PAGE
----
Friday, November 2, 2007

Belichick And The NBA

Here at Headband I think we do a pretty good job of steering away from the Red Sox and Patriots. But I have to make an exception today. That is because what Bill Belichick's Patriots are doing is something that could be talked about for a long, long time. And as I begin to glean the absolute brilliance of the Patriots this year, I cannot help but compare them to other things in sports, for comparing them to current fellow football teams seems fatuous and uninspired. I admit I might be wrong about how good the Patriot's are; I realize they could very well lose on Sunday to the Colts - but what this Pats team implies to me is a kind of sports perfection that is rarely seen, and a systematic approach that is unadulterated by the usual shortcomings of professional team sport in American society. In short, I feel I have to write about this, and at least make some kind of feeble attempt at linking it with the NBA. I hope others can follow my lead with more articulation.

Belichick has created an atmosphere of complete professionalism around the Patriots. There is no question ego has to be put aside for the sake of the greater good, because it is the only acceptable way for a Belichick team to operate. That is hardly to say that individual players are forced to give up their identity to succeed in his system - it is just that an individual player is never allowed to make himself seem more important than anyone else. Such beliefs seem inherently logical - we are taught to treat teams and teammates this way when we are in elementary school, and almost all of us have team values in mind when we watch sports. But the truth is that the team concept hardly ever translates well in professional sports - the gigantic commercial, capitalistic contraption that holds pro sports in its clutches would hardly seem to allow it. That is what makes these Patriots all the more astounding. It is not that suddenly Belichick has perfected his module - he certainly had it down by 2001 - it is just that never has a Belichick team been so loaded with so many stars. The fact that this team is so laden with talent and yet behaves in exactly the same way as all past Belichick Patriot teams has opened up a new dimension in my mind concerning how brilliant the Belichick method is.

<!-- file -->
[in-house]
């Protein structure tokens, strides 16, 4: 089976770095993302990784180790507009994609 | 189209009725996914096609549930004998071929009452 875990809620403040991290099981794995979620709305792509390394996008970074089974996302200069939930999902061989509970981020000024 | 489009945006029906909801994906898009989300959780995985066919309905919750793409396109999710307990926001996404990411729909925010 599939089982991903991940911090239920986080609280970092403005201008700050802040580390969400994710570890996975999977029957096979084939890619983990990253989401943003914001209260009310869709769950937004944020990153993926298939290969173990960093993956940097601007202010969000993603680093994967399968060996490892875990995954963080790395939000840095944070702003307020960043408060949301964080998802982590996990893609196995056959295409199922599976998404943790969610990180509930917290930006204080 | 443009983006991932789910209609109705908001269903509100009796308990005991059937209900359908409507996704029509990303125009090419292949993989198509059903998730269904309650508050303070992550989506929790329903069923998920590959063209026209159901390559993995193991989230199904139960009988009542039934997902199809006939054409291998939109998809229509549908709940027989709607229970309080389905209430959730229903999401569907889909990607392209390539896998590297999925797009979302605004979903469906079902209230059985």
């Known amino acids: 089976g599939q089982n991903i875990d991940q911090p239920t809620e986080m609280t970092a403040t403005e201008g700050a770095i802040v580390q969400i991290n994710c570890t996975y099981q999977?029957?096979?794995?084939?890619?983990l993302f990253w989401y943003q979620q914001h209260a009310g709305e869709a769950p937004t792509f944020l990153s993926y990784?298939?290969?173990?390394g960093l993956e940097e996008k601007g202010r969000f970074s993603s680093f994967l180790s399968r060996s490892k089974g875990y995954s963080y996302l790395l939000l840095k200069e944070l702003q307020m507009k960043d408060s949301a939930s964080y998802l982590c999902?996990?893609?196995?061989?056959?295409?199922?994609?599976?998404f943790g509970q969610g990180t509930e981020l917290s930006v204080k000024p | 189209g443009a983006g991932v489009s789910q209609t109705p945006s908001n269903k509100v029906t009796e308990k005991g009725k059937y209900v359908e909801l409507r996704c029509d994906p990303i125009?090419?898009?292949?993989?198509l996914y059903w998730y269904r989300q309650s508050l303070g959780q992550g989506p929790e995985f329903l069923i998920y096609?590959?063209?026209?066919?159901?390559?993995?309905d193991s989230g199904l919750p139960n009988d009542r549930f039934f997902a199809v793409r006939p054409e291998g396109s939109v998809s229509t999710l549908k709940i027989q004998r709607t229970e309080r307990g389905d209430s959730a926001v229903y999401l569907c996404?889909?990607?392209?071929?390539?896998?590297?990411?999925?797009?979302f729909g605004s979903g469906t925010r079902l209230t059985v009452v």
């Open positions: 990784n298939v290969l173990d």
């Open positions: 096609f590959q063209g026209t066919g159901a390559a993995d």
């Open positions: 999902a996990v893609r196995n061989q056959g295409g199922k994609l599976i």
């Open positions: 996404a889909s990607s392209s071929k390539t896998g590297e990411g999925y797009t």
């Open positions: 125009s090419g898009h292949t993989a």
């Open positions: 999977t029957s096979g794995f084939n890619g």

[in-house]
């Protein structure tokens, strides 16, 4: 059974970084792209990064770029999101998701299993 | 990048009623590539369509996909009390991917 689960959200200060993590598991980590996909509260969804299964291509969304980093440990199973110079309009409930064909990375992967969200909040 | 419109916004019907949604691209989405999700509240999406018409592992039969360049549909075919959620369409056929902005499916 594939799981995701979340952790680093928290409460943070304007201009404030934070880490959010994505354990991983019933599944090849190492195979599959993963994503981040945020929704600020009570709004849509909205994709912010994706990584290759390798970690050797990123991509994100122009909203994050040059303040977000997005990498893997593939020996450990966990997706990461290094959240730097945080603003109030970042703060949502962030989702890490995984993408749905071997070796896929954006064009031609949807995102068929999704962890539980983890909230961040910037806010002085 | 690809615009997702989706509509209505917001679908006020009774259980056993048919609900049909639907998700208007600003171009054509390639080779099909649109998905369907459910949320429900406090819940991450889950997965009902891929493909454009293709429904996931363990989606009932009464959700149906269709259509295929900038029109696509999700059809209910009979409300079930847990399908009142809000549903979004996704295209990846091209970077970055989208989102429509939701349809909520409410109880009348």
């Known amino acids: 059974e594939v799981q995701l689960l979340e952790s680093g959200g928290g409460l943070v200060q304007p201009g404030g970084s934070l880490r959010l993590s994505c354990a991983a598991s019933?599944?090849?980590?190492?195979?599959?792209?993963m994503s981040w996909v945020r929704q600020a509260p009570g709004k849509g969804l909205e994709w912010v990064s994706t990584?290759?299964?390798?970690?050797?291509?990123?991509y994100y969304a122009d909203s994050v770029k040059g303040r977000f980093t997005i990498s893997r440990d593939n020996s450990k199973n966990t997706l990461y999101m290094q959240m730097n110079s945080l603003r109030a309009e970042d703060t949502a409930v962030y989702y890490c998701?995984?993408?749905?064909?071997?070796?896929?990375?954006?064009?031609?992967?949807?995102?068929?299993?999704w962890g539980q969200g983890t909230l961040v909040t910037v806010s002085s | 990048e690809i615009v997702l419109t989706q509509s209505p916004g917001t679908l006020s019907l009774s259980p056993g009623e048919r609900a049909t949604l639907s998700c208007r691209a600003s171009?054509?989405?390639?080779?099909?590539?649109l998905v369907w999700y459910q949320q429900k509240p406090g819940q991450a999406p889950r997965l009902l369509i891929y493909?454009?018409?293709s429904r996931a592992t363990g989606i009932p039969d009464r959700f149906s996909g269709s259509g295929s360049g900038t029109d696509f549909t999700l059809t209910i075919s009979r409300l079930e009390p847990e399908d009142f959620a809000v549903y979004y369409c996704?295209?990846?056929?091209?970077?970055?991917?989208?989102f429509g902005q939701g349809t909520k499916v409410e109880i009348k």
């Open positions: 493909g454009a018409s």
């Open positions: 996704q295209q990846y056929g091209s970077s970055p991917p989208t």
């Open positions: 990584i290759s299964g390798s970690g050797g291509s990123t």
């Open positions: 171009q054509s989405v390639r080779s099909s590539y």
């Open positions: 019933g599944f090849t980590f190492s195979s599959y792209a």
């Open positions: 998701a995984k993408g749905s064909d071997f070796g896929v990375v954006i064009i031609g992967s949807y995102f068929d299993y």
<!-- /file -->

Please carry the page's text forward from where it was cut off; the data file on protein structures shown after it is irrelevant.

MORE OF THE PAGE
In the past it was often assumed that the only way the Patriots could achieve greatness was by playing in Belichick's selfless system - the players they had were no better than anyone else's, and it was only Belichick's genius that was able to make them far superior. But it is safe to say that the current Patriots have such a talented roster that they could attain a high level of success without such a selfless ideology in place. Yet tossing out the Belichick system was clearly never considered, and the reason is abundantly clear: because the system works so well, and in many ways can be even better appreciated when it is utterly loaded with wealth. Greatness can resonate strongly because it reveals what is obvious but is normally concealed. In this particular instance a truth about professional sports is thrust forward : that the best teams always behave as one unified whole and become much greater because of this unity.